The peripheral odontogenic fibroma usually presents clinically on the gingiva as either a pedunculated or a sessile firm enlargement with a pink, smooth, nonulcerated mucosal surface. It is asymptomatic and slowly increases in size, usually ranging from 0.5 cm to 3.5 cm in diameter.4,6 However, Chen et al7 reported a unique case of a chronic untreated lesion measuring 4.5 cm × 4 cm (the only one reported over 3 cm) exhibiting the growth potential of POdF if left untreated.
The peripheral odontogenic fibroma is usually asymptomatic and its location and size vary. It does not affect the surrounding hard and soft tissues. However, in rare cases, where the lesion is larger than 3 cm in size,7 tilting of adjacent teeth and even exfoliations have been reported. Alveolar bone resorption and mild facial asymmetry have been reported as well.7 Interdental lesions often cause tooth migration. Bonetti et al8 reported a case where the POdF caused localized obstruction of permanent teeth eruption in a 12-year-old boy.
The lesion may appear at any age, starting during the first decade of life, with incidence showing a slight increase in the third decade of life. Souza9 reported in 2006 a case of POdF removal from a 4-month-old baby. That lesion had been present since birth. At 16-month follow-up, no recurrence was noted and normal primary incisors eruption was observed.
It has an equal gender distribution, with some studies finding a slight female predilection,4 while others reported a slight male predilection.1,10 It appears to affect Caucasians more often than it does African-Americans11; however, some studies have noted a higher prevalence in African-Americans.4
The POdF can arise throughout either arch but tends to occur in the mandibular canine-premolar and maxillary anterior areas.12
Radiographic changes are not commonly seen, especially in early lesions, but mineralization may be visible in larger lesions. Focal calcifications in the form of bone, cementum, and dentin are occasionally present. Large lesions may reveal saucerization of the cortical bone or some widening of the cervical portion of the periodontal space.13
The histologic spectrum of this lesion varies. Connective tissue ranges from loose (almost myxomatous) to markedly cellular or to relatively cellular and well organized.14 Islands of odontogenic epithelium are scattered throughout the connective tissue, which may be prominent or scarce. Hard tissue resembling dentin and its protein matrix are occasionally seen in both central and peripheral entities, but this finding has no prognostic importance.15
POdF is treated by complete excision of the soft lesion, including the underlying periosteum, to minimize the likelihood of recurrence. Attempts to superficially remove the lesion without curettage of the underlying bone often result in recurrence. Budding of the surface epithelium and calcification in apposition to odontogenic epithelial rests are histologic predictors of recurrence.16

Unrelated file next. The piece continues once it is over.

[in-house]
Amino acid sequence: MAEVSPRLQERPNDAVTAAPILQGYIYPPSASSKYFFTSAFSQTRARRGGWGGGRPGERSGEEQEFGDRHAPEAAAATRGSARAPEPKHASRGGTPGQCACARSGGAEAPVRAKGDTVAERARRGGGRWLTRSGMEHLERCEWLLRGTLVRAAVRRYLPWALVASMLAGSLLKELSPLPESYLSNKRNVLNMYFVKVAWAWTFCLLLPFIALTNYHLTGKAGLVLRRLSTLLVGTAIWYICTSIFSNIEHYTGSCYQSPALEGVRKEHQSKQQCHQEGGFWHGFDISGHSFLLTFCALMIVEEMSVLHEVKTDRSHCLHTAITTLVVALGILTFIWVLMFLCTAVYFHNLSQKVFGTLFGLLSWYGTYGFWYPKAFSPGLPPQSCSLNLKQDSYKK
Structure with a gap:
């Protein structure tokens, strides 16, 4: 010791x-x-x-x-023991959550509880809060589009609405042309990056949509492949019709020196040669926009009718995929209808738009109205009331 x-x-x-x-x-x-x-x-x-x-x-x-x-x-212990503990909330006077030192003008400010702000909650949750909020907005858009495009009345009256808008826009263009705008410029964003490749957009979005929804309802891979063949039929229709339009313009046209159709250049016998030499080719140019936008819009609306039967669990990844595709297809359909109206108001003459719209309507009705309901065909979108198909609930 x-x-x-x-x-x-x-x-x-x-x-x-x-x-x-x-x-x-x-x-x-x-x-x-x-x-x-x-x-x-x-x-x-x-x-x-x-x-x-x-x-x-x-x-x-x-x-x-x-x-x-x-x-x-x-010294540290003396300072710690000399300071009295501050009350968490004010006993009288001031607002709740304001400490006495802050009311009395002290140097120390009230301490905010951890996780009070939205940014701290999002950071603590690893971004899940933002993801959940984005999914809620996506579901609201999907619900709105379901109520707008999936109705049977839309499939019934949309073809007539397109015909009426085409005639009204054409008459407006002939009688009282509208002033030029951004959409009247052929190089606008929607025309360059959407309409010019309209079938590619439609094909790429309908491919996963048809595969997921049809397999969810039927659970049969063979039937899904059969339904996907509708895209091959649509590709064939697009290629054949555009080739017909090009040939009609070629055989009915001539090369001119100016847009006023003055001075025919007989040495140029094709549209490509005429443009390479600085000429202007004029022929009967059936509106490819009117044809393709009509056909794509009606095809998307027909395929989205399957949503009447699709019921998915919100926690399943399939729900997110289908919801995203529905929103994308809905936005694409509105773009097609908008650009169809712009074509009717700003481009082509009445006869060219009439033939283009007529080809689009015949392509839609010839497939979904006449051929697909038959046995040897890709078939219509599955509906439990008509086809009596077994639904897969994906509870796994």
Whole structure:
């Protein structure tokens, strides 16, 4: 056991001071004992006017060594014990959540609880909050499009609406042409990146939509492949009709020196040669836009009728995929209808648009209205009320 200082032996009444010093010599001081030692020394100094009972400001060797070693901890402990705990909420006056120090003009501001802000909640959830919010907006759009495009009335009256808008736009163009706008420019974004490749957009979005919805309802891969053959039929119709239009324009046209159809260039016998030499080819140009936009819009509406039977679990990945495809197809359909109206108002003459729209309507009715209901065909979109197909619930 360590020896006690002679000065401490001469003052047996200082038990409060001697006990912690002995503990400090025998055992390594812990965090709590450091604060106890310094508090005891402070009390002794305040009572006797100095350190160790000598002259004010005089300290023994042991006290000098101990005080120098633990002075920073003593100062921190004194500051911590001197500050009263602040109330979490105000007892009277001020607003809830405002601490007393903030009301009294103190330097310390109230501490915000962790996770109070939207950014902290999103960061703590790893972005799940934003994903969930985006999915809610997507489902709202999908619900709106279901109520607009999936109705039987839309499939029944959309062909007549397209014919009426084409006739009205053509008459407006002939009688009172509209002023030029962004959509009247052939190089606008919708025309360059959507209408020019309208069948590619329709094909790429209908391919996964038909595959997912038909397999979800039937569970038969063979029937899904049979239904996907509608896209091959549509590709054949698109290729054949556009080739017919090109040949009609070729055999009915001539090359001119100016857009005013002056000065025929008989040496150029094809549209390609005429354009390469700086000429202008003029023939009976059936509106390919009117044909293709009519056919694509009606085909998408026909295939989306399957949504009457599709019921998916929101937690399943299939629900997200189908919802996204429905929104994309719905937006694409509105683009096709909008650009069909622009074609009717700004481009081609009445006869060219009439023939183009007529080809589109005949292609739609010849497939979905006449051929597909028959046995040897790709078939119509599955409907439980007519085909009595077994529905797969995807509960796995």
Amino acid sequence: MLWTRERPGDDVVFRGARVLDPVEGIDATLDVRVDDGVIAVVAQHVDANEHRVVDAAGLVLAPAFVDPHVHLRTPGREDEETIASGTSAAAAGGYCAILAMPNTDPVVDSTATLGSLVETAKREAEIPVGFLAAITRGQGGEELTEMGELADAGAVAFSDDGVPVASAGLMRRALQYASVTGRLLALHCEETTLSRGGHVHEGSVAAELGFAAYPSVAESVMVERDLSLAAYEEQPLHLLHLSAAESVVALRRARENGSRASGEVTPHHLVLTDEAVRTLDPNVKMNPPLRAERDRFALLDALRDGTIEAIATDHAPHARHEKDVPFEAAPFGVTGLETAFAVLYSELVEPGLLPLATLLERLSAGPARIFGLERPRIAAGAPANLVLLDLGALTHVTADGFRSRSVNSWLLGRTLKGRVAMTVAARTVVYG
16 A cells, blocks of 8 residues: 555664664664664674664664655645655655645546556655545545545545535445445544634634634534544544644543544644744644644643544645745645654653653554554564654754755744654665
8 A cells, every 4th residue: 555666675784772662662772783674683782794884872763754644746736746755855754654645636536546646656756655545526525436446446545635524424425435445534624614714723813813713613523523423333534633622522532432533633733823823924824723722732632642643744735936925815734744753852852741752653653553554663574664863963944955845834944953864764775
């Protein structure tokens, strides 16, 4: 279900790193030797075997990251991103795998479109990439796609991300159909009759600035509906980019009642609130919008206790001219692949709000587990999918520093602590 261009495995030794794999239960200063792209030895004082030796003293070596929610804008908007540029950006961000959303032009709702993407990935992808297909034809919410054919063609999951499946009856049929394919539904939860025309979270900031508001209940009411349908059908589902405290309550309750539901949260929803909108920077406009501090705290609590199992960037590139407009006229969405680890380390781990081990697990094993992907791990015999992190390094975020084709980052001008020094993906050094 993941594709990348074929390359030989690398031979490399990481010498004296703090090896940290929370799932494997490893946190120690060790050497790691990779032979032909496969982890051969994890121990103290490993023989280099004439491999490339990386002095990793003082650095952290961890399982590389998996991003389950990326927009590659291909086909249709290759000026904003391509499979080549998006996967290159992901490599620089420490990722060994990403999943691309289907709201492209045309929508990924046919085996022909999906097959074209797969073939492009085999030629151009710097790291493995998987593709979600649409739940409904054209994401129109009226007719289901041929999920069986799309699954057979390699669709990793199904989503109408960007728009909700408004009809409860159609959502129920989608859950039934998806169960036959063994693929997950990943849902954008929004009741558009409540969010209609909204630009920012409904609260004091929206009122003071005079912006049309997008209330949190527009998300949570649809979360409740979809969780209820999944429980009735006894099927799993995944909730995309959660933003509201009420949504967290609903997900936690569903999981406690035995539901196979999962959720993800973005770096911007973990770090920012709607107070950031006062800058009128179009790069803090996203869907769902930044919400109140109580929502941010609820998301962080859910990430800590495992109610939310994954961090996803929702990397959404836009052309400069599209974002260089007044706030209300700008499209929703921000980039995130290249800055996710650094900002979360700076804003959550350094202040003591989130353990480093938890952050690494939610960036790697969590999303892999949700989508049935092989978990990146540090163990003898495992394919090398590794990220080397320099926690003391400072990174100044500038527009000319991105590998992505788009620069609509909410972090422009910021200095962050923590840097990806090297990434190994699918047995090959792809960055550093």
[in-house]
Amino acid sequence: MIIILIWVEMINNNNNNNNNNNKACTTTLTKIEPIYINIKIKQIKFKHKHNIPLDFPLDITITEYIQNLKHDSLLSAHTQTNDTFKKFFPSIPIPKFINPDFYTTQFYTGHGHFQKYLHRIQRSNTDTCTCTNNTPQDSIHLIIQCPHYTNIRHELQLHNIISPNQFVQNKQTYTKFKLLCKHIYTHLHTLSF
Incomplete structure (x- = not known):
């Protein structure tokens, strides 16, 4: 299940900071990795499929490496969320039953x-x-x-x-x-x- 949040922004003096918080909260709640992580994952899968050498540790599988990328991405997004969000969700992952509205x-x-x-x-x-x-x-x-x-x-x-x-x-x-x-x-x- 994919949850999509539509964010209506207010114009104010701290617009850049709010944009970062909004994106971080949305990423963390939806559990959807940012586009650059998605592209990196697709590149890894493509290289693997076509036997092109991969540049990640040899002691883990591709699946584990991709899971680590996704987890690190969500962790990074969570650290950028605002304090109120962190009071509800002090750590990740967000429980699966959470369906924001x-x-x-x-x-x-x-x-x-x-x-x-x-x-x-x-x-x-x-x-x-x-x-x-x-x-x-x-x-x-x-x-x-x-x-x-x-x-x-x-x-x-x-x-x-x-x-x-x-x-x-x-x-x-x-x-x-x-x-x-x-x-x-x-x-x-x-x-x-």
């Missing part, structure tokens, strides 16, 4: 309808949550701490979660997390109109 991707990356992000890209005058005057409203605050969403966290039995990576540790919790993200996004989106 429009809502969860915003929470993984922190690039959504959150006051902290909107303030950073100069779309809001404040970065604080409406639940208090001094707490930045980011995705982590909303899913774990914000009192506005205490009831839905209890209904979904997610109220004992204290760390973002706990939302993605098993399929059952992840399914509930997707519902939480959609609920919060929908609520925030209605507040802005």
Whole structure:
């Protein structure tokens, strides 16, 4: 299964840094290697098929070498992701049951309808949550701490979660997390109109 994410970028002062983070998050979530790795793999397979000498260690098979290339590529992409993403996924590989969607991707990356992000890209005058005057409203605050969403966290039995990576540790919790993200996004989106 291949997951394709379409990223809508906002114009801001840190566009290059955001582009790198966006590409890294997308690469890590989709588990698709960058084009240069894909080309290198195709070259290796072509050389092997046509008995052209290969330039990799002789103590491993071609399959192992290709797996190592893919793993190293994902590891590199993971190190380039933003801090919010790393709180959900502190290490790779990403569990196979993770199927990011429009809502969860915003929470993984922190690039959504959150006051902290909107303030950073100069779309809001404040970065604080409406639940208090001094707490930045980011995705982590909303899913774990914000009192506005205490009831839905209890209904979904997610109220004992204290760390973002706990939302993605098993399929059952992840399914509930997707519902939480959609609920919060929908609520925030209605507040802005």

There is a general lack of information on optimal management of POdF due to its rarity and lack of clinical trials. In particular, the number of studies with follow-up is limited, and therefore its potential for recurrence remains unclear.17 Except for two recent studies by Dayley et al18 and Ritwik et al16 showing recurrence rates of 38% and 50%, respectively, when follow-up information was available, the recurrence rate is considered to be low.7,18 Typically, recurrent lesions develop 1 to 4 years after surgical removal. When there is a recurrence within the first year, it is likely that this represents incomplete removal of the lesion. Recently Armas et al19 reported a case where a lesion of POdF recurred three times. The last time not only occurred after an 11-year gap—which is the longest reported time to recurrence—but also presented in association with a central odontogenic fibroma, although there were no radiographic findings on the previous two lesions. This case emphasizes the importance of radiographic survey and follow-ups.
Clinical differential diagnosis for peripheral odontogenic fibroma may include fibroma, peripheral giant cell granuloma, pyogenic granuloma, and peripheral ossifying fibroma (Table 1).20 These may have similar clinical appearances and courses; hence, clinical findings alone are not sufficient for a diagnosis of PODF (WHO-type), and biopsy and histopathologic examination are necessary for a definitive diagnosis. Histologically, the key feature is the presence of odontogenic epithelium and dysplastic dentin and/or cementum-like material in the POdF.
This report includes a well-documented case of peripheral odontogenic fibroma, along with a thorough review of the literature and published cases. The need for biopsy, histological evaluation, and follow-up of this lesion is strongly recommended.
The authors do not report any financial, economic, or professional interests that may have influenced this article.
ABOUT THE AUTHORS
Rania Livada, DDS, MS
Assistant Professor, Department of Periodontology, University of Tennessee Health Science Center, Memphis, Tennessee
Norman Fine, DMD, MS
Private Practice, Greenville, South Carolina
K. Mark Anderson, DDS, MS
Associate Professor, Department of Diagnostic Sciences and Oral Medicine and Director of Oral and Maxillofacial Diagnostic Services, University of Tennessee Health Science Center, Memphis, Tennessee
Jacob Shiloah , DMD
Professor, Department of Periodontology, University of Tennessee Health Science Center, Memphis, Tennessee